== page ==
Shop that K-style
Indulge in your passion for fashion, spot silverscreen stars and discover Korea’s obsession with beauty through ceramics, silk and cosmetics.
While you were doing that bizarre horse-riding dance move of Gangnam Style, you may have wondered vaguely (a) why you were doing it and (b) what Gangnam style is, anyway?
Gangnam is Seoul’s swankiest district. In a nutshell, it’s the home of the big label: think Vuitton, Prada, Burberry. Dress up and sashay down Seoul’s premier shopping street, Cheongdam-dong fashion street, for luxe brands.
If you hear screaming, it won’t be because of the price tags, that’s the girl gangs tailing the sparkly-clean K-Pop boyband or Hallyu (Korean Wave) screen stars as they strut through their eighbourhood.
If you fancy chasing a K-Pop boyband, soak up their vibes at SM Town, which opened recently in the massive Coex Mall, also in Gangnam.
Record a pop song, shop the celebrity merchandise, eat desserts designed by Hallyu stars and live the moment in the country’s first hologram theatre for holographic and live performances.
Hunting fashion that’s easy on the wallet? Zip down to the country’s shopping epicentre: Myeong-dong fashion district pulsates with high-fashion brands.
A walk around Korea’s most happening shopping district will also introduce you to the country’s cosmetics obsession – we’re talking entire shops devoted to nail polish, skin whitening or organic green tea and ginseng skincare: try Moonshot, Etude House or The Face Shop, for starters.
Eventually, all foreigners end up at Seoul’s Insa-dong – yes, it’s touristy, but it’s a one-stop showcase of beautiful Korean design, at easy prices.
Surprisingly, it’s not Seoul that’s setting the mega-shopping records: Busan is Korea’s second city, two and a half hours by train from Seoul, and home to the recently opened Shinsegae Centum City.
It’s the world’s biggest department store, as recognised by the Guinness Book of World Records.
The signature vibrant colours and robust flavours of Korea’s cuisine might have you biting off more than you can chew.
Snack on hotteok. Order mandu. Or choose the bulgogi. But before you can even begin, you have to start with the foundation stone of Korean cuisine, kimchi. It is a side dish of vegetables, such as cabbage or white radish, fermented in shrimp sauce, garlic, ginger and chilli.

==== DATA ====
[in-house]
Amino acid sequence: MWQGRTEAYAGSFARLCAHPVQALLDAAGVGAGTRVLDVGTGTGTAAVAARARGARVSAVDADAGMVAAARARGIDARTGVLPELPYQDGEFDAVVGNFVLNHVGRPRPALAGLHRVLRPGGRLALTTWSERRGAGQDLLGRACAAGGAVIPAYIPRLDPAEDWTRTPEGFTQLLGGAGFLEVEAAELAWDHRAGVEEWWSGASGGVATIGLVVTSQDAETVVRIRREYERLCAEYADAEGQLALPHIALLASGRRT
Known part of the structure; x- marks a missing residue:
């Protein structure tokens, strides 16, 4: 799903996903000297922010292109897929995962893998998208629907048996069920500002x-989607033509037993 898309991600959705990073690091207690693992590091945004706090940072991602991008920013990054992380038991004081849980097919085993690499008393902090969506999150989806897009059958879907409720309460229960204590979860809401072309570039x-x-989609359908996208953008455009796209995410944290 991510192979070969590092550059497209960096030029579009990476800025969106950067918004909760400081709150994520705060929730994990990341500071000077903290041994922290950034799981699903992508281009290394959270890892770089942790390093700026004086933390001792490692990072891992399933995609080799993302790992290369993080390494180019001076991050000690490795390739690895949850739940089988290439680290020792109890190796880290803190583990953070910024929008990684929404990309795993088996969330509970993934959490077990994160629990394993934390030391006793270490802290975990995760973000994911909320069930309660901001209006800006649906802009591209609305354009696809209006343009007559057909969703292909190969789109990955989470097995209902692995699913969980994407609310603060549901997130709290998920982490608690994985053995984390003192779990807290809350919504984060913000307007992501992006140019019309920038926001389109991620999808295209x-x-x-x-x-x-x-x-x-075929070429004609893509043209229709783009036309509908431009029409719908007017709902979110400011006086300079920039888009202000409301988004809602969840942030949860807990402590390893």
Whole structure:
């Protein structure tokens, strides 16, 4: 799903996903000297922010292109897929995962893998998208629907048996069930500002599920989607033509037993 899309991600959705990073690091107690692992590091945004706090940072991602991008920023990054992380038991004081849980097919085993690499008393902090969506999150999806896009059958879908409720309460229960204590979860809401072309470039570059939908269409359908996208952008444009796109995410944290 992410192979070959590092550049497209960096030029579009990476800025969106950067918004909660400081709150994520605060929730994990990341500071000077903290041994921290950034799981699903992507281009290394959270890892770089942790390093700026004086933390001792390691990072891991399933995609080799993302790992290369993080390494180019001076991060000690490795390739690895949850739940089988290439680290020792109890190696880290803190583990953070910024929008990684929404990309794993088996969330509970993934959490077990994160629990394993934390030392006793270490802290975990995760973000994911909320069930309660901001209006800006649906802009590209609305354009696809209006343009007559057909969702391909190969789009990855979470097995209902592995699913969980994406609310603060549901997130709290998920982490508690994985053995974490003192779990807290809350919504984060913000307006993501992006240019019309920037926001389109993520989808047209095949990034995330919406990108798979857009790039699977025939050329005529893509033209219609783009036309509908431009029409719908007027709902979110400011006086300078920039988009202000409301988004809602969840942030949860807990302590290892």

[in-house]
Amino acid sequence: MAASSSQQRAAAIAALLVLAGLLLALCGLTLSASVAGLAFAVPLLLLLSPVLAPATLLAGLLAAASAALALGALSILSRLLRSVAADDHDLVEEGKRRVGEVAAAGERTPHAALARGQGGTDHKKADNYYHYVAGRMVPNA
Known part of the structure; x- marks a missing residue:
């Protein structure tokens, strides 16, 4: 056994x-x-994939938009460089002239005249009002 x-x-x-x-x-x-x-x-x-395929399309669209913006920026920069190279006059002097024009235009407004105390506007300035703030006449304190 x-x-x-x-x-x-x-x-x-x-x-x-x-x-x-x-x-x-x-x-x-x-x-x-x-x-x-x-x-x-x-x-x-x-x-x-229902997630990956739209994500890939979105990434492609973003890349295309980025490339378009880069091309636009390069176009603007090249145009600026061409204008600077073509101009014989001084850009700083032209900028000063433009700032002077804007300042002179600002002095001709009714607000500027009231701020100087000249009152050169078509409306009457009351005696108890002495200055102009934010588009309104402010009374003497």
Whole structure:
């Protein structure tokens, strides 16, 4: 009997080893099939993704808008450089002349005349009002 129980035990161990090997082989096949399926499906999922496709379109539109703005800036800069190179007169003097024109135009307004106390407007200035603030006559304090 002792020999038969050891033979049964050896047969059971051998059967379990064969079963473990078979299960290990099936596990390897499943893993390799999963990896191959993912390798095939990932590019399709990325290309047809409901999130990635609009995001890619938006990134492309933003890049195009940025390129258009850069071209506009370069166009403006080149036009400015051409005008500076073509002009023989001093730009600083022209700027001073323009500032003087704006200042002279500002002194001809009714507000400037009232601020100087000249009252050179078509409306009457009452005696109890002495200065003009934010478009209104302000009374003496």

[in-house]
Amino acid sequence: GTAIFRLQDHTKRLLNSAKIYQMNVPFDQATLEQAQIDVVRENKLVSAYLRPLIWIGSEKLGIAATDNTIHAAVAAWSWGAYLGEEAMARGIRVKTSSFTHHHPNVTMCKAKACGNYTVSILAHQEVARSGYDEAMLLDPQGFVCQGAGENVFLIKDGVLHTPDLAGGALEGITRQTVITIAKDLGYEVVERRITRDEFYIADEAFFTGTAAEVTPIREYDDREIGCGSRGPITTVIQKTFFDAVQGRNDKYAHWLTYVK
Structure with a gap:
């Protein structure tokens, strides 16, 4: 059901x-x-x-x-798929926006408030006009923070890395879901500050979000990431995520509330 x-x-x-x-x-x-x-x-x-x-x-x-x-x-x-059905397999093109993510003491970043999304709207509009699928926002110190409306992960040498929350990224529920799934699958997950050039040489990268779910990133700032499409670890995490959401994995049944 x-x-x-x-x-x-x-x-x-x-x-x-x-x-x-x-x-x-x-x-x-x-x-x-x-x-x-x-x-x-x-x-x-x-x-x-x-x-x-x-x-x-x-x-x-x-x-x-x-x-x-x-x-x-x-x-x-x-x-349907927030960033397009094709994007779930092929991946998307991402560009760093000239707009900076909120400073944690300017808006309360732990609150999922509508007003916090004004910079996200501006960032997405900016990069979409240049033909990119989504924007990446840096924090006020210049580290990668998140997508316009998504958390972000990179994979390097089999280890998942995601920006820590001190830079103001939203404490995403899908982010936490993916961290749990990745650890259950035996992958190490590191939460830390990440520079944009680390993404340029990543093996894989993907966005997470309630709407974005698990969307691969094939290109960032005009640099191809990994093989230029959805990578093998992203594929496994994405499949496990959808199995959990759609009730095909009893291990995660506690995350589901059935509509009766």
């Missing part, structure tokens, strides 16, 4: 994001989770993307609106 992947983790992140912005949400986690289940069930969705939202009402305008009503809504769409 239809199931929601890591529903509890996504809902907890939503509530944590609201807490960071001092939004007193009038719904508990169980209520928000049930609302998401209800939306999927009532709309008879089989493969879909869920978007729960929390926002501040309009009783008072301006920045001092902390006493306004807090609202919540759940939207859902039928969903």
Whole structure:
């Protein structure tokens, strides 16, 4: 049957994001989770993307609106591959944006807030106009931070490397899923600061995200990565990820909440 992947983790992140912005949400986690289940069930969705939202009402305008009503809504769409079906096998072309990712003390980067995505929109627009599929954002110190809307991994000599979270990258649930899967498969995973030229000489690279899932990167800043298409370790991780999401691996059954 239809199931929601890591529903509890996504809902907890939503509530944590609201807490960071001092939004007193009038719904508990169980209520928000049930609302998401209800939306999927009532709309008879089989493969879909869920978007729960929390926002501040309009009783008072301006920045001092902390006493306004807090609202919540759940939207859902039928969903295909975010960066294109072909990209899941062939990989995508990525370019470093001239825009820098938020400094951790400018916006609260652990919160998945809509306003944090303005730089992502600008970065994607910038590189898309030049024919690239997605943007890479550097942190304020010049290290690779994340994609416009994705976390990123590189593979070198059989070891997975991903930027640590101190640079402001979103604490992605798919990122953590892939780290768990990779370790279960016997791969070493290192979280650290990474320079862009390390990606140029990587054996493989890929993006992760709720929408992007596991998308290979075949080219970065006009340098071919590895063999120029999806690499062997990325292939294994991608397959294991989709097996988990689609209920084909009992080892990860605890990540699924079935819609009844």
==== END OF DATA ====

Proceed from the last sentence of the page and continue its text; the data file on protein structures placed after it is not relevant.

So, the only Korean dish you know is bibimbap? That’s a fine start. It literally means ‘mixed meal’ and comprises of pickled cucumber and carrot, seasoned seaweed, wafers of tender beef, rice and an egg on top.
Go to the old city of Jeonju, two and a half hours by rail south of Seoul. It is the birthplace of bibimbap and has a bibimbap museum. Do a taste test at the two most famous bibimbap restaurants, Gogung and Gajok Hwegwan.
Further south, Jagalchi Market, in the port city of Busan, is Korea’s largest seafood market. Roll your sleeves up and get amongst it to pick out the freshest seafood and have it prepared before your eyes.
“The variety of fish cakes served as street food is incredibly delicious,” says MasterChef finalist Amina Elshafei (pictured). “Hotteok has to be my favourite street food in Korea,” she says. “The texture of the slightly chewy pancake filled with brown sugar, peanuts, and sometimes seeds fried until golden, is an absolute treat.”
Off the street, and into the country’s fine dining rooms, the buzz is about Jung Sik Yim for his youthful, punchy take on modern Korean food. His restaurant, Jung Sik Dang, was recently named in Asia’s top 10 by the prestigious annual World’s 50 Best Restaurants.
When Koreans let their hair down, they go to town. Expect massive steins of Hite beer in salaryman’s bars – look for the sign advertising ‘hofs’.
But the drink on everyone’s lips is soju, a fermented wine. Hit hip Hongdae, Seoul’s most happening student suburb, to put it all to thetest in the tiny bars, jazz rooms and clubs.